Female comedian Mae Martin talks to us about coming out on stage, impersonating Jim Carrey and why young people a hundred years ago had it a lot tougher than us.
With a lot of advice to give you won’t want to miss what Mae, 28, has to say. Check out our interview with her here.
1. How did you get to where you are today? Talk us through your career journey?
As a child I wanted to be a kind of hybrid of Ferris Beuller, Ace Ventura, Bette Midler, and Lucille Ball. It sort of snowballed from there! I used to put on shows during my lunch break where I would make the other children watch me do push ups and do impersonations of Jim Carrey in The Mask. I started doing comedy professionally when I was 13, after a very funny camp counsellor called Dave, who I idolised, pointed me in the direction of some after-school comedy classes. I formed a sketch troupe with two friends, started doing gigs, and dropped out of school shortly after to pursue it full time! Now it sort of has to work out because I have zero other qualifications.
2. What was it like performing on Russell Howard’s Good News? How did you get that gig?
Somebody came to see my Edinburgh show in 2012 and took a punt on me. Is that the expression? “Took a punt”? I had a great time doing it, it’s was such a great vehicle for new talent and it’s so rare that you get to do a set that long (13 minutes!) on TV.
3. Did you really come out on stage? Why?
I think I sort of metaphorically went through puberty onstage, because I started performing so young. I feel like I grew up in quite a public way in front of audiences. I’m sure there are comedy audiences in Canada who would remember me as a pimply 14 year old girl obsessed with boys doing weird sketches about how parents “just don’t understand”.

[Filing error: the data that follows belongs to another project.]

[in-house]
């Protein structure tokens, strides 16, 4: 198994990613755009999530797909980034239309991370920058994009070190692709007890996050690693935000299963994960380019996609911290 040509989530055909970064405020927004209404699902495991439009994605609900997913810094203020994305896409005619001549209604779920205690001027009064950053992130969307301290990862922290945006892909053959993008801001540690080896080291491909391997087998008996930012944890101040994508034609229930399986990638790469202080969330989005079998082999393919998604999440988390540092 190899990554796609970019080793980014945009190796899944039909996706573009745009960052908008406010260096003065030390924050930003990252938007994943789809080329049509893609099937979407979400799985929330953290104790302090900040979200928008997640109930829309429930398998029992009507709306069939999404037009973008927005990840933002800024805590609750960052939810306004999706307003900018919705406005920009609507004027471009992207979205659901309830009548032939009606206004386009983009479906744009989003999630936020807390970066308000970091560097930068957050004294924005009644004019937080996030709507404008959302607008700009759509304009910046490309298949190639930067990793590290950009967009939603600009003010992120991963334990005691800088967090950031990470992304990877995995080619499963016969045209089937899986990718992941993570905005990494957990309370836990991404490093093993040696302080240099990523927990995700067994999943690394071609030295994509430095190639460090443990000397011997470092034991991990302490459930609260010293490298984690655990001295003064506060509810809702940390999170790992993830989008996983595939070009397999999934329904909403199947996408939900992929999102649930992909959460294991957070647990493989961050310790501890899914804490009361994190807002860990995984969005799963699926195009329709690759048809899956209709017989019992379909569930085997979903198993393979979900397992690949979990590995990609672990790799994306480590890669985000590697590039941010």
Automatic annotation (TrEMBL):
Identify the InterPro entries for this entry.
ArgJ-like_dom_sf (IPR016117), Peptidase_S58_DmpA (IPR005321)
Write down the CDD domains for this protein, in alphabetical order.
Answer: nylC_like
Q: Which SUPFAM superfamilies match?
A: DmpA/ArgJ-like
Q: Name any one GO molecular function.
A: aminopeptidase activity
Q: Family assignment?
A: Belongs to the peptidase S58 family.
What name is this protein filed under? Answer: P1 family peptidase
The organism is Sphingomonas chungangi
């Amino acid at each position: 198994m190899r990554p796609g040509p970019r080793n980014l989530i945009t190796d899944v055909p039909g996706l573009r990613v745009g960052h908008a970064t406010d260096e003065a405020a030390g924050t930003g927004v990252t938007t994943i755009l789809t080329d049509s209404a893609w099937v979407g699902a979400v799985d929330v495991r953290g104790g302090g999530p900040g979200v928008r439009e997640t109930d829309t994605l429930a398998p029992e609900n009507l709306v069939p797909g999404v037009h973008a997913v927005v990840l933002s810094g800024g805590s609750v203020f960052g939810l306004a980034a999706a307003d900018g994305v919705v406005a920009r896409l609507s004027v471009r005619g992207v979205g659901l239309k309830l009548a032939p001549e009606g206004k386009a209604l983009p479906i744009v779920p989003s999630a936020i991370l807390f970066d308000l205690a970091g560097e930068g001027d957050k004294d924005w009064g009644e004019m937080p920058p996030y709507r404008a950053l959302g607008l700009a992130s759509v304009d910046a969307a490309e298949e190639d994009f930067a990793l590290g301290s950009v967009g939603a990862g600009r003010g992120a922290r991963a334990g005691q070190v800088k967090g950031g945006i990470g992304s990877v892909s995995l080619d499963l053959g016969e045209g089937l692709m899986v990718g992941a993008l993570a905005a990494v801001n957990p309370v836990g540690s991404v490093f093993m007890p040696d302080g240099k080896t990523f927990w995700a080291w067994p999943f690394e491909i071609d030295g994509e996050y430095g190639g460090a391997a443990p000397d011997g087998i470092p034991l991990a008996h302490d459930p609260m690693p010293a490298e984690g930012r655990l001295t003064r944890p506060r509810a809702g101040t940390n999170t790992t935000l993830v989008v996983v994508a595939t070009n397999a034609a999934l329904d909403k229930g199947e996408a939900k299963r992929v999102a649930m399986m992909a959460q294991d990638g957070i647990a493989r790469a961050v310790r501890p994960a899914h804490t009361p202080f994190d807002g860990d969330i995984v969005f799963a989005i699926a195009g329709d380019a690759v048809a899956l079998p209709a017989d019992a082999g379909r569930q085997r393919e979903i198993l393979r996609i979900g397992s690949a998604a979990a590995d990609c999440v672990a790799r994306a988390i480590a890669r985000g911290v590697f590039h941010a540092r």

4. What would be your advice to aspiring comedians?
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Don’t edit yourself too much. Don’t be afraid of looking stupid, “cool” is so rarely funny I think. And just do it! Do as many gigs as you possibly can, and watch as many gigs as you possibly can. You’ll get the rhythm of it in your head and make lovely friends.
5. Do you think it is tough being young and ambitious in our society?
Well…it’s definitely a difficult time for the arts in the U.K. It’s a tough time to be young work-wise, and trying to get ahead in the world. But it’s always tough to be alive isn’t it? Young people 100 years ago probably had a much tougher time. I mean, we may be in the trenches now but at least we’re not literally in the trenches. Stay positive guys.
6. What have been the biggest challenge you have faced in your life?
Hmm…if I’m being completely honest I’d say pretty extreme anxiety, and also giving up a number of vices I had in my teens. But in general I’ve been pretty lucky, knock on wood. I just knocked on my head and then winked at no one!
7. You have said that you don’t label your sexuality, what do you think about labels?
I think that in my experience labels, especially ones that are applied to you by other people, are often divisive and reductive. They can bulldoze over the nuances of something as individual and complex as sexuality. That’s what my new show’s about!
8. What can we expect to see from you in the coming months?
I really enjoyed doing my show, Us at the Fringe. It’s the thing I’m most proud of that I’ve written!